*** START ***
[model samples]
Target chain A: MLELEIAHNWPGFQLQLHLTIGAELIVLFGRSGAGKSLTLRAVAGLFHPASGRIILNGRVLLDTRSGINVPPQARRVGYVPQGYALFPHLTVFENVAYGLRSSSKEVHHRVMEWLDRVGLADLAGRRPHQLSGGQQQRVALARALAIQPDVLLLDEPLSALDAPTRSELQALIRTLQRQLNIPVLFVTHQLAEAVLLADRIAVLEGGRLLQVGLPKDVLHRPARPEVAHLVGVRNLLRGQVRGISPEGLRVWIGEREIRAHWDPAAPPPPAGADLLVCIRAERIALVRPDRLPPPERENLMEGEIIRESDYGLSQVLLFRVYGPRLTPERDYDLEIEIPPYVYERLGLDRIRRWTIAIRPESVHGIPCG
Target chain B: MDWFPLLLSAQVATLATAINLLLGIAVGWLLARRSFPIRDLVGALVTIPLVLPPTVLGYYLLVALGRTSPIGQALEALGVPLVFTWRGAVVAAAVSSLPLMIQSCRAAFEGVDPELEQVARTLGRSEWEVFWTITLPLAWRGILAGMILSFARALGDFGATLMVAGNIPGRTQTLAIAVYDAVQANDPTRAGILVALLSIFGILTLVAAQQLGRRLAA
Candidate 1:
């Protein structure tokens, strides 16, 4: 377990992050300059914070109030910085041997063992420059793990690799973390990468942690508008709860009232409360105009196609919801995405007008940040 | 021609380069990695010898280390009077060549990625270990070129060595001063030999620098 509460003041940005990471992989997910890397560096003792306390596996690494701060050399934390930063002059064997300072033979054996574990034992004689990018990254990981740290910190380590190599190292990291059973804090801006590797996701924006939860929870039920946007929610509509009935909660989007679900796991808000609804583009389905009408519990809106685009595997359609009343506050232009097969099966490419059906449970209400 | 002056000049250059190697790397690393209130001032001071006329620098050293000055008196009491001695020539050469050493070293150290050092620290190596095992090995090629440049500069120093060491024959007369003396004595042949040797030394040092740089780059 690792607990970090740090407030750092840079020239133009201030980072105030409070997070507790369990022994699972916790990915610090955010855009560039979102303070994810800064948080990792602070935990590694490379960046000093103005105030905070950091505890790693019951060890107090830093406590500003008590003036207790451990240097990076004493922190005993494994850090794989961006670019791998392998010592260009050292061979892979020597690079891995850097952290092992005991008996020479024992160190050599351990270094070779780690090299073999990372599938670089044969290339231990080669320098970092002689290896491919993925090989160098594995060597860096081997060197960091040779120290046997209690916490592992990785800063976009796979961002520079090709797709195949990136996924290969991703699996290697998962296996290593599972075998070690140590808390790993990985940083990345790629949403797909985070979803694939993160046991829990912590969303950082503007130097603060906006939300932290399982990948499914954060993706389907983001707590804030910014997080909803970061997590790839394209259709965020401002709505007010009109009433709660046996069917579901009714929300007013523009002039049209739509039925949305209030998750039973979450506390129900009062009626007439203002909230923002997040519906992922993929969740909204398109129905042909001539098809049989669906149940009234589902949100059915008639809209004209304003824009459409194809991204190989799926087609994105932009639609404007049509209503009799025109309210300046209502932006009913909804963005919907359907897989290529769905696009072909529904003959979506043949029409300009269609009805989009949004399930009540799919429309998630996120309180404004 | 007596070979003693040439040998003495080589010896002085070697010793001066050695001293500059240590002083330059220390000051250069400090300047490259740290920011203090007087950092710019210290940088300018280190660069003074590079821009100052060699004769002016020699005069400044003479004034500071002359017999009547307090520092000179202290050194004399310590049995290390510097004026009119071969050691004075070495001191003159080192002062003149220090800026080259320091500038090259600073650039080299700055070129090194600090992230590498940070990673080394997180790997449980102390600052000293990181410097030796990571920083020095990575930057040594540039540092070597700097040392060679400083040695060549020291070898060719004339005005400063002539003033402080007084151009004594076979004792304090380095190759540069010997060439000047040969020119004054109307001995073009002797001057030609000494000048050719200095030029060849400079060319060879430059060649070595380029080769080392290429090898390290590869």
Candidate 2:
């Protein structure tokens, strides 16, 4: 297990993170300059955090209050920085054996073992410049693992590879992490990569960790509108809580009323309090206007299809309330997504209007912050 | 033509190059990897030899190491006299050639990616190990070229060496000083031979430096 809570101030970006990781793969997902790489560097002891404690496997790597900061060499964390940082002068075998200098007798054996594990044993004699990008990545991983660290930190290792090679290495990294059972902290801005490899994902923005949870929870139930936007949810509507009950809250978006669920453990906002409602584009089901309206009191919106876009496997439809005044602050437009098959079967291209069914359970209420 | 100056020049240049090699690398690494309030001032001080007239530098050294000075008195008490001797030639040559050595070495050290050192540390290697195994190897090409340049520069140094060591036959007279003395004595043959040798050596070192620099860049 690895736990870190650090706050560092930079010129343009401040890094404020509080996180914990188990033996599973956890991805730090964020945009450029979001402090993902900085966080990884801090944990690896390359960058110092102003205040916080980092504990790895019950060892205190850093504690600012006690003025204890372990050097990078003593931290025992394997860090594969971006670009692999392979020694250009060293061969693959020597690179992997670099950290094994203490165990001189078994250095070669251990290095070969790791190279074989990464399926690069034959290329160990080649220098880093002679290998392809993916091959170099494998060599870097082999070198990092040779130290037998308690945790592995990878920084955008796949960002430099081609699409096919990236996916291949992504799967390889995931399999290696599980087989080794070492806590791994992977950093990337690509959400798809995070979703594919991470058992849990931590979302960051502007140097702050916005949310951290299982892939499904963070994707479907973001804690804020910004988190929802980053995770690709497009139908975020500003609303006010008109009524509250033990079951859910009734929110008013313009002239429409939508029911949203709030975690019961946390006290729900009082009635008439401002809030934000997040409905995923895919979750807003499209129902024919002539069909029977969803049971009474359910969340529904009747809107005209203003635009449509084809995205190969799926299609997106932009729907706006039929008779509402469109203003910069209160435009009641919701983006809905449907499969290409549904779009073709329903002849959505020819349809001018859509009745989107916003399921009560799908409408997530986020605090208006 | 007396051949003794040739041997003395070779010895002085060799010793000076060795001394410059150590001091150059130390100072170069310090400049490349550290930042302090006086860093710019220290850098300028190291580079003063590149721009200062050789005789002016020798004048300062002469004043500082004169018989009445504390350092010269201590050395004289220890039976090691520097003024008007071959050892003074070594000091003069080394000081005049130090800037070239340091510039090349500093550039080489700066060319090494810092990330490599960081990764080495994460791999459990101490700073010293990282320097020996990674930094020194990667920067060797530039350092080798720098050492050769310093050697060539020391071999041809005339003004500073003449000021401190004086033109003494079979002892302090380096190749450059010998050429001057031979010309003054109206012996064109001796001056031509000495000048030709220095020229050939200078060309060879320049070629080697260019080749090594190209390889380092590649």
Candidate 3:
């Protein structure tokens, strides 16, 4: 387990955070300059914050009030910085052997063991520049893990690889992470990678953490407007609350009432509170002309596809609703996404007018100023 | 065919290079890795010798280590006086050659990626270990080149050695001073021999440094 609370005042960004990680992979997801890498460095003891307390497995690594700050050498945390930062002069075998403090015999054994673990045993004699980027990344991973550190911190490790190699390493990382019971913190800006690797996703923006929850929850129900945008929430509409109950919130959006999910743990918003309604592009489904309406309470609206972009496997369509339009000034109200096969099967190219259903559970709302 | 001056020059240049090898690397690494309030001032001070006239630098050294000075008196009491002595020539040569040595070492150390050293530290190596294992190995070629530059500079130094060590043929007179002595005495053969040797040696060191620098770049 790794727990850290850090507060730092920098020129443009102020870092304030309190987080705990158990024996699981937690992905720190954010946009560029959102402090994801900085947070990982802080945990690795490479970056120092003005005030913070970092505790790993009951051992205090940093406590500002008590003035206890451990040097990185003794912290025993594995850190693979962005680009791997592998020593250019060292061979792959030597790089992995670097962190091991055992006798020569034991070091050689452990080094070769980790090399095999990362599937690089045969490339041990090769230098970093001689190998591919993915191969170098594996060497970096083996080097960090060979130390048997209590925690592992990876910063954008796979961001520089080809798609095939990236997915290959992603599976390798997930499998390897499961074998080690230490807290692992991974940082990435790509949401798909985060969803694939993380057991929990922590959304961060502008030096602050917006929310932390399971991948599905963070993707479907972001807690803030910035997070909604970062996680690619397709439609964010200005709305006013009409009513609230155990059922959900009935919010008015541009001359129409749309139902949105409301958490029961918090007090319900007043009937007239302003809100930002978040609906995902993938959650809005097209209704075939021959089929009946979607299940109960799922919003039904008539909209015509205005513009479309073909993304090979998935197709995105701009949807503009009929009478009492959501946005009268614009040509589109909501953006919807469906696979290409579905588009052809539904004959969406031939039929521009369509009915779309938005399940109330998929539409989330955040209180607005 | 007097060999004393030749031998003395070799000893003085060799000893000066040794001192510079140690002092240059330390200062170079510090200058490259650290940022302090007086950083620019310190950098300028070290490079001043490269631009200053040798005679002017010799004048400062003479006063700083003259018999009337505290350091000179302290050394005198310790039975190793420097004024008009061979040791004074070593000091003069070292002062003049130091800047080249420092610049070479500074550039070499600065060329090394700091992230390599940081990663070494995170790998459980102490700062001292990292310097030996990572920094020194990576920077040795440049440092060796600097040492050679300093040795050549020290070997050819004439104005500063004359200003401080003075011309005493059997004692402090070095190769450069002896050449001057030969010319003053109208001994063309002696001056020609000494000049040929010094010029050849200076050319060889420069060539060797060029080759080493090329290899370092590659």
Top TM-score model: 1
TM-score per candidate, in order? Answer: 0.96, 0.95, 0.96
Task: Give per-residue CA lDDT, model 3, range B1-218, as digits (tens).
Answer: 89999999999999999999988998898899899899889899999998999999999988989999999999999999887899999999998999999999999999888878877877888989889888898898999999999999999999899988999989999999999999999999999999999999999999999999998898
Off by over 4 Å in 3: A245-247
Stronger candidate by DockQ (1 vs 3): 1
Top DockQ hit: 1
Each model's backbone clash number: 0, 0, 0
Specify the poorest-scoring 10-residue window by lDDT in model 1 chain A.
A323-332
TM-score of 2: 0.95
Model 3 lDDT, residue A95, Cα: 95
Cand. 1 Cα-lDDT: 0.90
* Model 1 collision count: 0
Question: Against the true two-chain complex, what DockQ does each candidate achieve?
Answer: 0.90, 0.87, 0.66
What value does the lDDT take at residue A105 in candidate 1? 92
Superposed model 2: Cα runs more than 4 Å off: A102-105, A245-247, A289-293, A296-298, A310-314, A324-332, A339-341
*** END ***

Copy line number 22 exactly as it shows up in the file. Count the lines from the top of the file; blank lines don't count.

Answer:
Cand. 1 Cα-lDDT: 0.90